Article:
Two large fires near the small community of Telegraph Creek on the Stikine River in British Columbia have joined into one and are burning out of control.
Telegraph Creek is 160 miles up the Stikine River from the Southeast Alaska town of Wrangell.
Telegraph Creek was evacuated Sunday and residents were sent to Dease Lake, Iskut and Terrace.
The fires started by lightning were first discovered Aug. 1.
“The fire is still growing and it is still considered out of control,” Jody Lucius, fire information officer with the British Columbia Wildfire Service, said Thursday. “Crews are working to improve the containment on that fire if at all possible but it is continuing to show aggressive fire behavior and with winds in the area is still growing and challenging those suppression efforts.”
A cold front was expected to pass through so crews are preparing for a change in the weather.
At least 27 buildings have burned or been damaged by the wildfires.
No injuries or deaths have been reported.
Power was out in Telegraph Creek but crews are working to restore electricity.
Lucius said the Wildfire Service is bringing in more firefighters from outside the province.
“That fire is definitely a priority for the B.C. Wildfire Service at this time and those numbers will likely continue to increase,” she said. “We do have 133 personnel along with 18 pieces of heavy equipment and 11 helicopters on the fire today and additional resources are en route.”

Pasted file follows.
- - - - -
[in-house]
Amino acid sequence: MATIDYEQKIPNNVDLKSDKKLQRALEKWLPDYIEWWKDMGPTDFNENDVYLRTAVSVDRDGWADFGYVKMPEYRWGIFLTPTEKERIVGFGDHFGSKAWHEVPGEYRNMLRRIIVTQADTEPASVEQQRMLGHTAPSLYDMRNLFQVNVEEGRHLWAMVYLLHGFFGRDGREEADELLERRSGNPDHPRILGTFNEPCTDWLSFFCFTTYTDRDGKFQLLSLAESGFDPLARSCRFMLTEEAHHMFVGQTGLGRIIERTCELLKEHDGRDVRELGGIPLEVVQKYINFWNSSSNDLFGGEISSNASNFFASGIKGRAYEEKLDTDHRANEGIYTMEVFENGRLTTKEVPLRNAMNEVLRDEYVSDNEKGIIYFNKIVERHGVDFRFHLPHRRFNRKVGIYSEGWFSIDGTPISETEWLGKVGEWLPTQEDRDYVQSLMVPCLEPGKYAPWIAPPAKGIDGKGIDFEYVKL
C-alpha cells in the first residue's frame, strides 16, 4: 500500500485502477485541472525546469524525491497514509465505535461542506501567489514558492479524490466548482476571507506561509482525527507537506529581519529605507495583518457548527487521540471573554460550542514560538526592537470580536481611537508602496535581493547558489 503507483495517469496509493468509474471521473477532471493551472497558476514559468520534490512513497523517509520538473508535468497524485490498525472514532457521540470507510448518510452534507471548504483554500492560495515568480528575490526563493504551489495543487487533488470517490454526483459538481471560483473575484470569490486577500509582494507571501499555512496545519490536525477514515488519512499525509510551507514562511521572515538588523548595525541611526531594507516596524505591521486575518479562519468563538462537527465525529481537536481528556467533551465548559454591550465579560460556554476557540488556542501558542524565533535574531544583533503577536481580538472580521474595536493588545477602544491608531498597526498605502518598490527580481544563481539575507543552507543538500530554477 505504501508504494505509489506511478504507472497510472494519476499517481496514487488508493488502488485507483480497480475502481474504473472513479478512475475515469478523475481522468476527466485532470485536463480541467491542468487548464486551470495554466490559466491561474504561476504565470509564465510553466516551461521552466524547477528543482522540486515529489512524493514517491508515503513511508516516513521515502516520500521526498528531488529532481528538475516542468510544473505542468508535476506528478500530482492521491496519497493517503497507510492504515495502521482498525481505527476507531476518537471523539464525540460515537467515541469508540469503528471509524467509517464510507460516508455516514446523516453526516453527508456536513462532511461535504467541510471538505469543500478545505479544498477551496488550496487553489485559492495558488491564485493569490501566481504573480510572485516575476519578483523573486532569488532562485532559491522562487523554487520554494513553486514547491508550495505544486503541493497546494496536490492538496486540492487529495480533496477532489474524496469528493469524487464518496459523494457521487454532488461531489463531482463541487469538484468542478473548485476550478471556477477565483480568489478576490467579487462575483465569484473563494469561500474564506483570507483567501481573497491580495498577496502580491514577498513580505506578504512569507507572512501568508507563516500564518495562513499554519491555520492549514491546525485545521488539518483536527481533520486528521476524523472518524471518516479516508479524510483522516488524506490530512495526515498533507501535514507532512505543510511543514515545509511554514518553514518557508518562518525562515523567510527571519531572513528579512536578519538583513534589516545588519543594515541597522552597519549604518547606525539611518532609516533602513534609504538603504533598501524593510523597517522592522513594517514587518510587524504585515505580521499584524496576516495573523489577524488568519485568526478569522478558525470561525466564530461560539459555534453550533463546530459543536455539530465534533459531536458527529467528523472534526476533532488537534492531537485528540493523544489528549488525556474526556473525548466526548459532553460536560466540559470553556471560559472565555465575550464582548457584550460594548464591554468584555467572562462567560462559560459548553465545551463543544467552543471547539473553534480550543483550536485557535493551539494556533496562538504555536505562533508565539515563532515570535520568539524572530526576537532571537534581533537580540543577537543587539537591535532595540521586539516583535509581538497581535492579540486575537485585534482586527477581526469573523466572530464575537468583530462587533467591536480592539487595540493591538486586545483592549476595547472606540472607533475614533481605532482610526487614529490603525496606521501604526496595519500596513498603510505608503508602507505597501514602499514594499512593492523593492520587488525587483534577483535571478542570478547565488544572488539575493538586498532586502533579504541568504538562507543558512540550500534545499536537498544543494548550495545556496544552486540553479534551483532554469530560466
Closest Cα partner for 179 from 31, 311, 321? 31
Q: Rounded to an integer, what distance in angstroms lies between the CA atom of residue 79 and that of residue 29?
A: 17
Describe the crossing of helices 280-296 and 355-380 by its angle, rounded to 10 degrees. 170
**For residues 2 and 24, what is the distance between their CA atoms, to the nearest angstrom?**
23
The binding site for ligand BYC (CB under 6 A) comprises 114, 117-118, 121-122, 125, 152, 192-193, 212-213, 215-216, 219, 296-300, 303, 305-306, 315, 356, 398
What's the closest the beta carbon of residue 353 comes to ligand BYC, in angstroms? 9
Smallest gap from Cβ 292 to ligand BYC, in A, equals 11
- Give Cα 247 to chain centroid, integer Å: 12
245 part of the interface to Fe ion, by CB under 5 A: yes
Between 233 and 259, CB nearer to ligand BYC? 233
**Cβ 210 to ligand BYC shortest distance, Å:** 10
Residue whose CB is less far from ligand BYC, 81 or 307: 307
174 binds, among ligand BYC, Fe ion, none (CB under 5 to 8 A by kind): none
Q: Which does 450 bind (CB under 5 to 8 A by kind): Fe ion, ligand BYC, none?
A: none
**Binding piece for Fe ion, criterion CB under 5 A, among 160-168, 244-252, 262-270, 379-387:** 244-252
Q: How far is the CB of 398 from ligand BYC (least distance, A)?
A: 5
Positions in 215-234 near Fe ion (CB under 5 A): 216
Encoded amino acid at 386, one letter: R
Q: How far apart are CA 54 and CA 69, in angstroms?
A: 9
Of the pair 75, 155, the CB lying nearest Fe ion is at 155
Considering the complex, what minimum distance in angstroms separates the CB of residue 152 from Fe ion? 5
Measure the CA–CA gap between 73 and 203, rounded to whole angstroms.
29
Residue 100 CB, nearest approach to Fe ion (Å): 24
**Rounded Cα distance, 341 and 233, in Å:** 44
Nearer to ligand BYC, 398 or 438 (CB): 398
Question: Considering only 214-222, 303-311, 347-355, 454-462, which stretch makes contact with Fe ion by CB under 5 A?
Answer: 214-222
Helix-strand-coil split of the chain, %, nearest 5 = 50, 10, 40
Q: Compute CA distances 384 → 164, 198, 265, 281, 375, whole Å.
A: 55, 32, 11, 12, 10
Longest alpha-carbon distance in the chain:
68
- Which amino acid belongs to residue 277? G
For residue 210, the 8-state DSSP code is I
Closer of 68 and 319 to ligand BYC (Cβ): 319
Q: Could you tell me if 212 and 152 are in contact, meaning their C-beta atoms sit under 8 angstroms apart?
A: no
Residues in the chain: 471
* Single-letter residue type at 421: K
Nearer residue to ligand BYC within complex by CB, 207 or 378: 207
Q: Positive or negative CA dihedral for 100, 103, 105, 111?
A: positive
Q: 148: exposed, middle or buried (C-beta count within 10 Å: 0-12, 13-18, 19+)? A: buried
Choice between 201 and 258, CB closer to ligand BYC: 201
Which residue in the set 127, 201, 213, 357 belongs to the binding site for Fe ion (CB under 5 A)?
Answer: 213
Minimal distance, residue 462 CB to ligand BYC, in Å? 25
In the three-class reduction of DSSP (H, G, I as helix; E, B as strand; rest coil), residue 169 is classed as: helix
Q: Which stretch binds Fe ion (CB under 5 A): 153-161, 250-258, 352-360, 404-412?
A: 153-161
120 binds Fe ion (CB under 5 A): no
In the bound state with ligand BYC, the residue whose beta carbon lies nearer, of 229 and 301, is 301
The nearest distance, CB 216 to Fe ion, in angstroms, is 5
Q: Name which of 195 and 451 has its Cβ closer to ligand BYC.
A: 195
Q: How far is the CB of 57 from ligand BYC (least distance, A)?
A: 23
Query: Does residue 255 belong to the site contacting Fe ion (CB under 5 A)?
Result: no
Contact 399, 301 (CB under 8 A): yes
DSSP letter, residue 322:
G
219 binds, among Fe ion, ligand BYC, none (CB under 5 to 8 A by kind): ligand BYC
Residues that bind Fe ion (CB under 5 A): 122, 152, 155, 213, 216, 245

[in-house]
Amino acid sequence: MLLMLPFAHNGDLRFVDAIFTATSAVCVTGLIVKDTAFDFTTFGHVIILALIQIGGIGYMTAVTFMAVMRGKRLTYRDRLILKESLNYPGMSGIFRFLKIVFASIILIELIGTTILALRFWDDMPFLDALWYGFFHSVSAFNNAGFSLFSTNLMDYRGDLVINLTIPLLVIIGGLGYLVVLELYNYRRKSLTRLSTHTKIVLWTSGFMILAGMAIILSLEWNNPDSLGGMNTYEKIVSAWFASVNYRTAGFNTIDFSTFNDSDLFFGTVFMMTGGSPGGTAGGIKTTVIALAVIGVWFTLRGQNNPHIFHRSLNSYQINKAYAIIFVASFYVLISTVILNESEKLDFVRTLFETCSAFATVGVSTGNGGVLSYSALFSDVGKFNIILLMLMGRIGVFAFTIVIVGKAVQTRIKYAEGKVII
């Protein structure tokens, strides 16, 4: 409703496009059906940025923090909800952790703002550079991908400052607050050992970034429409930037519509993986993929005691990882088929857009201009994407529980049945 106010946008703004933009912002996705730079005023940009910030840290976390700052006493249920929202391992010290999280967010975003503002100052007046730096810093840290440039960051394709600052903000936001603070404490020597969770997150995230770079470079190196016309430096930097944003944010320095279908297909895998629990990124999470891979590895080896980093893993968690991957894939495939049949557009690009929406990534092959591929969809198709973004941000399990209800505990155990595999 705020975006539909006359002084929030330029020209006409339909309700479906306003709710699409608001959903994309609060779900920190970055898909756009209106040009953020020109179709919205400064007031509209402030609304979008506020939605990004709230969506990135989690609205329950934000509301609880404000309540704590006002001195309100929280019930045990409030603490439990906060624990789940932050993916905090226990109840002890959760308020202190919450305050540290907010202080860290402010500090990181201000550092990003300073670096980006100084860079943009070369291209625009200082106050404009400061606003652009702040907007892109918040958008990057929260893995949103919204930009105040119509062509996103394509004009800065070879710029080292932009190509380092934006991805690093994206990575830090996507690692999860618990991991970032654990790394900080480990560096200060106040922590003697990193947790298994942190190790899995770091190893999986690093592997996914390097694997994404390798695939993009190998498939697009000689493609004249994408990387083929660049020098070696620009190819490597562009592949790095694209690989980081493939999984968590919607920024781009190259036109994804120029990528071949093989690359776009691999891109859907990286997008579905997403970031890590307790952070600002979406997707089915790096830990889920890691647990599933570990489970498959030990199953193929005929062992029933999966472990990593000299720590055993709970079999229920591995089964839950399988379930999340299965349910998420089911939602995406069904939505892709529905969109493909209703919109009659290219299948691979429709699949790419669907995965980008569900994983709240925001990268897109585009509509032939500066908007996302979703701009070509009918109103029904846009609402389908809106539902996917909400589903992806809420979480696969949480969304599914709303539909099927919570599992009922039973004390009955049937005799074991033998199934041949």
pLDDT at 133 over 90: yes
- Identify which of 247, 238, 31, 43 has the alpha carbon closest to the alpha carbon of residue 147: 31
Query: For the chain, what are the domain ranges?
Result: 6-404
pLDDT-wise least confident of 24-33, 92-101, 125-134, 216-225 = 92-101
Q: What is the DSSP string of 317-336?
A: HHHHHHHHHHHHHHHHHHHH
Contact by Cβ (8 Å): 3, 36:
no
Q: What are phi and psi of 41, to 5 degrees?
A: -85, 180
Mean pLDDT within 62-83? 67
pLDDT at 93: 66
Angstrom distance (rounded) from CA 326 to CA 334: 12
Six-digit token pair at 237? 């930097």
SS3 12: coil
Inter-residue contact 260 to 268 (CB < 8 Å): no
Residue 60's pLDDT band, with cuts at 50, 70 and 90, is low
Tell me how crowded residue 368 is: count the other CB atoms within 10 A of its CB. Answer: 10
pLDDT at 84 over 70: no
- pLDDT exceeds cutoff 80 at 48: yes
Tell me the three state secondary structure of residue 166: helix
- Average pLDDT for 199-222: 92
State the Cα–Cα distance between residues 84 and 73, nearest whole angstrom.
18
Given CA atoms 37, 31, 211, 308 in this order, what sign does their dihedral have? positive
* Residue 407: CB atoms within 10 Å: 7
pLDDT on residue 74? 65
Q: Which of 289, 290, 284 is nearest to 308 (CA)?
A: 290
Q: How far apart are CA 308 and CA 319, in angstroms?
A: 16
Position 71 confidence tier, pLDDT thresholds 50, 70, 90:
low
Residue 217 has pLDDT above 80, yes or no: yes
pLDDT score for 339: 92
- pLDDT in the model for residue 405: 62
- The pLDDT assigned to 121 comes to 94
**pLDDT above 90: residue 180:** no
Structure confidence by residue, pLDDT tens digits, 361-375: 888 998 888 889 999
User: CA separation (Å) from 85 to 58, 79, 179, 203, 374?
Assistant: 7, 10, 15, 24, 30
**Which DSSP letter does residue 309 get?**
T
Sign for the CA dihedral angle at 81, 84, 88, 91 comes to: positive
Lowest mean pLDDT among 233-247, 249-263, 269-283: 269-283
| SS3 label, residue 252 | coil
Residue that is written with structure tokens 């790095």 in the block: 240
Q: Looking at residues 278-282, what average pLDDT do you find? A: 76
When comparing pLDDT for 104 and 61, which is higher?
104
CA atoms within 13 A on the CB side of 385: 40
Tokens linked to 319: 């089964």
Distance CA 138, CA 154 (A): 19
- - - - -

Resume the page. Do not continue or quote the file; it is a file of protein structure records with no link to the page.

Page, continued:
The focus for firefighters is to protect other buildings and culturally significant sites in Telegraph Creek.
The regional government for the area declared a state of emergency Aug. 4.
Telegraph Creek is on the traditional territory of the Tahltan First Nation.
About 300 people fled to nearby communities, Tahltan Central Government president Chad Norman Day said in a press release Monday. They were praying not to have to evacuate Dease Lake and Iskut as well but were preparing for that possibility.
Eric Yancey of the charter jetboat company Breakaway Adventures in Wrangell made the trip Tuesday to Telegraph Creek on the Stikine River.
“Actually (the) old town of Telegraph seemed to be pretty fine,” Yancy said. “There was a lot of smoldering brush around it and some evidence of where they had dumped some fire retardant on the bank and whatnot but the old town itself seemed to be in pretty good shape.”
The old town has some historic gold rush era buildings.
Most of the residents live in the new town and Yancy thought that was where the buildings had burned.
He did see some burnt log buildings belonging to Wrangell residents downstream from Telegraph and another that had been spared by the fire.
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